Tuesday, September 16, 2014

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Franciscan Prof Asks What Role the Culture’s “Deep Seated Moral Decay” Plays in Violence?

The role that culture plays in the horrific shootings that headline newspapers and dishearten us all is being underplayed, writes Franciscan University of Steubenville professor Stephen M. Krason. He writes in Crisis Magazine that our country may perhaps be wrongly focusing solely on gun control to the exclusion of confronting what he calls the “deep-seated moral decay” of our culture.

Was the fact that he was from a broken family, with his parents having been divorced, a significant factor in aggravating his mental condition? Would he have gone over the cliff if he had not grown up in a secular, amoral or immoral culture? Would he have engaged in brutal violence if he had not been influenced by  nihilistic, violent, destructive elements in popular culture through his absorption in playing violent video games?

Is it unreasonable to think that the above cultural developments and the personal insecurity and social dislocations resulting from them might be factors in triggering mental illness in some cases?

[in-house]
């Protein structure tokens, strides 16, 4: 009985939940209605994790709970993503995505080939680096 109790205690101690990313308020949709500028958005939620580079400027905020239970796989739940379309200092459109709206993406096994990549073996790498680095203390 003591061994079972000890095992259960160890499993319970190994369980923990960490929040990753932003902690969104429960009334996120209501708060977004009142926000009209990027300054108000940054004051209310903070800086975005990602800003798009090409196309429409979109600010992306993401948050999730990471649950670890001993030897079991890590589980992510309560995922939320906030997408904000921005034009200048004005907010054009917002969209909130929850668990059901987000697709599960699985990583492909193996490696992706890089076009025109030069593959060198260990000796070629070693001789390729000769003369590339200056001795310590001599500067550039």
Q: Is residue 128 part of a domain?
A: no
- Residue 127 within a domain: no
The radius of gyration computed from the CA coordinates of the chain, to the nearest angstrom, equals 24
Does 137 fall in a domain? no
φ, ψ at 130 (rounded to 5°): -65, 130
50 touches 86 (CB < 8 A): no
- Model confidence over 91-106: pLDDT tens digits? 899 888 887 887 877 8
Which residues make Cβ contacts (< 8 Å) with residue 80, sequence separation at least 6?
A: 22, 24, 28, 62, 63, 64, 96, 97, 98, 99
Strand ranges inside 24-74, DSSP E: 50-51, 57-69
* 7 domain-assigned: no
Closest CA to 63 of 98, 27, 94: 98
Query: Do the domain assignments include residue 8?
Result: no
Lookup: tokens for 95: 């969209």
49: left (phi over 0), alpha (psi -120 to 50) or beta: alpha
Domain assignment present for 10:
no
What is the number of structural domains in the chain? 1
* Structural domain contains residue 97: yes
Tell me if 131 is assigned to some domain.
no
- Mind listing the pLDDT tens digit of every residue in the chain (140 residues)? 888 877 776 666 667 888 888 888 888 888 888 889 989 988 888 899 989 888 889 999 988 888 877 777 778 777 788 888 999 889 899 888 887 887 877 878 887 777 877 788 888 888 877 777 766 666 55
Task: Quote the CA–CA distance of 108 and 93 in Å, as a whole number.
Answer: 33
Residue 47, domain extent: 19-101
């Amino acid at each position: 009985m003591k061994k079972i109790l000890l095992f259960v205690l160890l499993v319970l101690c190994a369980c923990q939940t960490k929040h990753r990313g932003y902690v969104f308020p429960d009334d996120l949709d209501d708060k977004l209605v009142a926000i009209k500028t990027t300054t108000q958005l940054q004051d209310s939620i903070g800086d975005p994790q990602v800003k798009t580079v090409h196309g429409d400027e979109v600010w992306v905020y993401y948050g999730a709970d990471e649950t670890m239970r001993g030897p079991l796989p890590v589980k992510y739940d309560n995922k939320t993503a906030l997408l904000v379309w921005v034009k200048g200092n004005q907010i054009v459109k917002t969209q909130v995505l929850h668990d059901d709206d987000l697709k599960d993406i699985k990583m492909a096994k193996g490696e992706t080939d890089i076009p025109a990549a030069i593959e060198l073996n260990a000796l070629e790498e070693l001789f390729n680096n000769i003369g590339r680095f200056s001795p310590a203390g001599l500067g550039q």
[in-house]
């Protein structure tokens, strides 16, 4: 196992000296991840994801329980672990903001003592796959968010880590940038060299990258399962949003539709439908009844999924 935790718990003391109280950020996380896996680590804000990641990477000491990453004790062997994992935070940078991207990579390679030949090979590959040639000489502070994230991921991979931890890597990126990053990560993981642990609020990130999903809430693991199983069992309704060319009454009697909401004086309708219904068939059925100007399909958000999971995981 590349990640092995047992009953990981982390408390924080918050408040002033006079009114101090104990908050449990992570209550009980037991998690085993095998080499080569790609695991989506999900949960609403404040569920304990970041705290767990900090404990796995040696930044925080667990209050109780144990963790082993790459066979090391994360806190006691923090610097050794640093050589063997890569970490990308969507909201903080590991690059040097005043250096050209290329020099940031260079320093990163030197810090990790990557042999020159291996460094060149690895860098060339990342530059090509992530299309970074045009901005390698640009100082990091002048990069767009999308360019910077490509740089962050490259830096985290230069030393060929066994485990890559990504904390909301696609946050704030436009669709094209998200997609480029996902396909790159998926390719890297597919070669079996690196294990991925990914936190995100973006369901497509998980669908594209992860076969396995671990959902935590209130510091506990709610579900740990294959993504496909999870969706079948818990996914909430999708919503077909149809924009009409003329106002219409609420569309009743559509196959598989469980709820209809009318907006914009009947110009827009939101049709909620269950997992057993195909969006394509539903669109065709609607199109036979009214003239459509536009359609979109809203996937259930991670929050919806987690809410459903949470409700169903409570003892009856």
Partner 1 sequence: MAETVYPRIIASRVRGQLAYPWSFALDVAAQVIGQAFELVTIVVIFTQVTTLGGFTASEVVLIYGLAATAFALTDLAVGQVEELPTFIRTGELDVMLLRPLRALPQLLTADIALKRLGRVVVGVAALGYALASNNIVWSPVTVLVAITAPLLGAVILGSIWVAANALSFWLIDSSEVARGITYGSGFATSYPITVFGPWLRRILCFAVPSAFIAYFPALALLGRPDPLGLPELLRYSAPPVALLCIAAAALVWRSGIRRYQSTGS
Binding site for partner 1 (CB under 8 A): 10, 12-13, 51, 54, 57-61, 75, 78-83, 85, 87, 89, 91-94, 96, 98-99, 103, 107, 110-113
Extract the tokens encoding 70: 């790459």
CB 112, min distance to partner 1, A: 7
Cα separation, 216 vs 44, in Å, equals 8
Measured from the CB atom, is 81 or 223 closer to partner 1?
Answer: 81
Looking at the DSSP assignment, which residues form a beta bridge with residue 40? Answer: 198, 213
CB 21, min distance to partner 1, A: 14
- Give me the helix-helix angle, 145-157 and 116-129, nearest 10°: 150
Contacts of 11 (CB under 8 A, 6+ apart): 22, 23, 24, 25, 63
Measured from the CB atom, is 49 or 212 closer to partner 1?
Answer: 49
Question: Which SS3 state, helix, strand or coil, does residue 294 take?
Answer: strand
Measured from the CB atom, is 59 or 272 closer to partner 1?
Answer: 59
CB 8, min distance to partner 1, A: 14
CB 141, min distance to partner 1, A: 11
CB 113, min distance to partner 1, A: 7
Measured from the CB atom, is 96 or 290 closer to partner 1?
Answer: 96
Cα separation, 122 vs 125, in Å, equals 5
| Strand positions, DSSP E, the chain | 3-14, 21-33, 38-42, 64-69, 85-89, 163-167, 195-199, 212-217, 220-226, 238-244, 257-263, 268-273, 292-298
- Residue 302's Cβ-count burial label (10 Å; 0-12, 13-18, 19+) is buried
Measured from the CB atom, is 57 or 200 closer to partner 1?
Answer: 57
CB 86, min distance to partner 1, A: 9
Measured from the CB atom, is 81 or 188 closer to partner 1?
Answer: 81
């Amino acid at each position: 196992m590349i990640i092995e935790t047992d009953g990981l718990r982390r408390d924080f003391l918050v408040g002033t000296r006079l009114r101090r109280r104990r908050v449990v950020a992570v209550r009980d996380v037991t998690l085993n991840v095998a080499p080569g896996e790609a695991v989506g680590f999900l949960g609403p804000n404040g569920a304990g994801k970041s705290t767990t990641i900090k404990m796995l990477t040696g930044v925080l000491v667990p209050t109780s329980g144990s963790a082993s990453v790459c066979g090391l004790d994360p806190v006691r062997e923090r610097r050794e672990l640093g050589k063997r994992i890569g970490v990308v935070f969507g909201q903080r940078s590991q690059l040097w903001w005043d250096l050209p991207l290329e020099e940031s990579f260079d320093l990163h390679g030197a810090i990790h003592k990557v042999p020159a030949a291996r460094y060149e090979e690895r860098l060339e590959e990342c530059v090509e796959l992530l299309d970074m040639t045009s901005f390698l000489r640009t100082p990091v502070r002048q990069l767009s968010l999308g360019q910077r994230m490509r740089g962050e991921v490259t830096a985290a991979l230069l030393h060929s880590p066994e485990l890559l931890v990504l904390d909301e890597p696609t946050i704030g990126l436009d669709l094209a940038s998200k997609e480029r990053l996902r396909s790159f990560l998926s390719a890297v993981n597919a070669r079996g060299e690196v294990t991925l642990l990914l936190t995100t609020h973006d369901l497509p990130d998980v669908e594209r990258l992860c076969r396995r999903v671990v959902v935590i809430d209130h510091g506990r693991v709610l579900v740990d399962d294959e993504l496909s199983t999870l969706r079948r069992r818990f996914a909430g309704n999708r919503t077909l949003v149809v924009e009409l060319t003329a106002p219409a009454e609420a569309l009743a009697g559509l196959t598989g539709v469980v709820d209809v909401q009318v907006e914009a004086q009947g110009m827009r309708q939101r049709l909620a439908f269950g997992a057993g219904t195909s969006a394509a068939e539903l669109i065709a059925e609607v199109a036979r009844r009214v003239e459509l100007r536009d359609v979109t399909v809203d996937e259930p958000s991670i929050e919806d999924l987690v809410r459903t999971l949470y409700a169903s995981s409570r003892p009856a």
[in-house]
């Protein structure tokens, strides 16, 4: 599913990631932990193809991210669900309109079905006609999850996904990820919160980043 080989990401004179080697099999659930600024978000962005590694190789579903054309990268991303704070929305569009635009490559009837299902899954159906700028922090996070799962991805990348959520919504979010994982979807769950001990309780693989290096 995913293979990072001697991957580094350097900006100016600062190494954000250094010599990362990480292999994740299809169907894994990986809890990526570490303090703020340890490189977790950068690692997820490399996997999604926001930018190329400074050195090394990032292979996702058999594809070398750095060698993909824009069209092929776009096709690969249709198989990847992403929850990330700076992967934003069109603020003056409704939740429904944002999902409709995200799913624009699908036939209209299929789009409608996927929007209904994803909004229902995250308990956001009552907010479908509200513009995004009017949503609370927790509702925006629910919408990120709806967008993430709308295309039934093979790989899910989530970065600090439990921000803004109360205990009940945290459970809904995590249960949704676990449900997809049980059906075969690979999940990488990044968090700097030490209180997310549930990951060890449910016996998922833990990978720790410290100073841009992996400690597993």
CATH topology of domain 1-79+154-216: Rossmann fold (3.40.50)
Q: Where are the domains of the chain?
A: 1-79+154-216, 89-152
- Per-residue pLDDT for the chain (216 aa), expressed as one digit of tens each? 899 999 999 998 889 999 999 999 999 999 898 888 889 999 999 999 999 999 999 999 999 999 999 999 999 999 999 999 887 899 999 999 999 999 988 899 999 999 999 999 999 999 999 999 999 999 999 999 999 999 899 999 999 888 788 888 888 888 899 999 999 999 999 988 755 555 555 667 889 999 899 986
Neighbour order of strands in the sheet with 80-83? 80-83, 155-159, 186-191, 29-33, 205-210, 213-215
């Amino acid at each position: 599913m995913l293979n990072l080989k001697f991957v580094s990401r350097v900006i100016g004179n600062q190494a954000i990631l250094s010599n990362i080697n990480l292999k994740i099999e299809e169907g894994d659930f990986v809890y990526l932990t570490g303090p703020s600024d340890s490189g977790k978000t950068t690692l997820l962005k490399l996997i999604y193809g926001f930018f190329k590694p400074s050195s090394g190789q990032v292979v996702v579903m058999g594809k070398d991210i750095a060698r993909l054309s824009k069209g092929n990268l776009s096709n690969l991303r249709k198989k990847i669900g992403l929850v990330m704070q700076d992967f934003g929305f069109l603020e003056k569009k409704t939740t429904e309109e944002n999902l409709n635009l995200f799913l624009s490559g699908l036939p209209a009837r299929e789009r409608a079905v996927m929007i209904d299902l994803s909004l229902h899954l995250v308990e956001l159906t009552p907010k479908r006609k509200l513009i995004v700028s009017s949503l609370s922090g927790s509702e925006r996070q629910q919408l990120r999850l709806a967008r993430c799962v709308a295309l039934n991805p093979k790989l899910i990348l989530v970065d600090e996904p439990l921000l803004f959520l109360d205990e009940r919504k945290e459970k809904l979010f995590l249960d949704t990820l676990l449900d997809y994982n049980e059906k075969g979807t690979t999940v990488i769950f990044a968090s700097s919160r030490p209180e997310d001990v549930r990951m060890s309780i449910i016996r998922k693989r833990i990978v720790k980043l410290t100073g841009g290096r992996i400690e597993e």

As mentioned, the tendency nowadays is to look for a policy response. Maybe this reaction is another aspect of the beliefs that: institutions and their accoutrements instead of the condition of the human soul are what determine good or evil, and that government can be the solver of all problems. What the secular left needs to do—along with the secular right (it exists) and the masses of people simply caught up in our secular, consumerist, amoral, me-centered culture—is to put ideology and conventional ways of thinking aside for a moment and consider seriously and objectively if, just possibly, the above cultural developments—or certain of them—might not have something to do with tragedies like the one in Connecticut. They might want to ask themselves if, say, the “non-judgmentalism” and moral pluralism in education and other contexts that they have long championed may not have been part of the problem. That takes humility, to be sure, but don’t such events as these necessitate that?

While deep-seated cultural decay, of course, is not easily or quickly addressed (even when there is a broad agreement about its causes), I do not want to imply that legal and public policy changes should not be part of the equation. While governmental action alone cannot change culture, let’s remember the important role that Aristotle, Aquinas and other thinkers said that law can play in helping to rightly form individuals and culture.

You can read Krason’s entire piece at Crisis Magazine.

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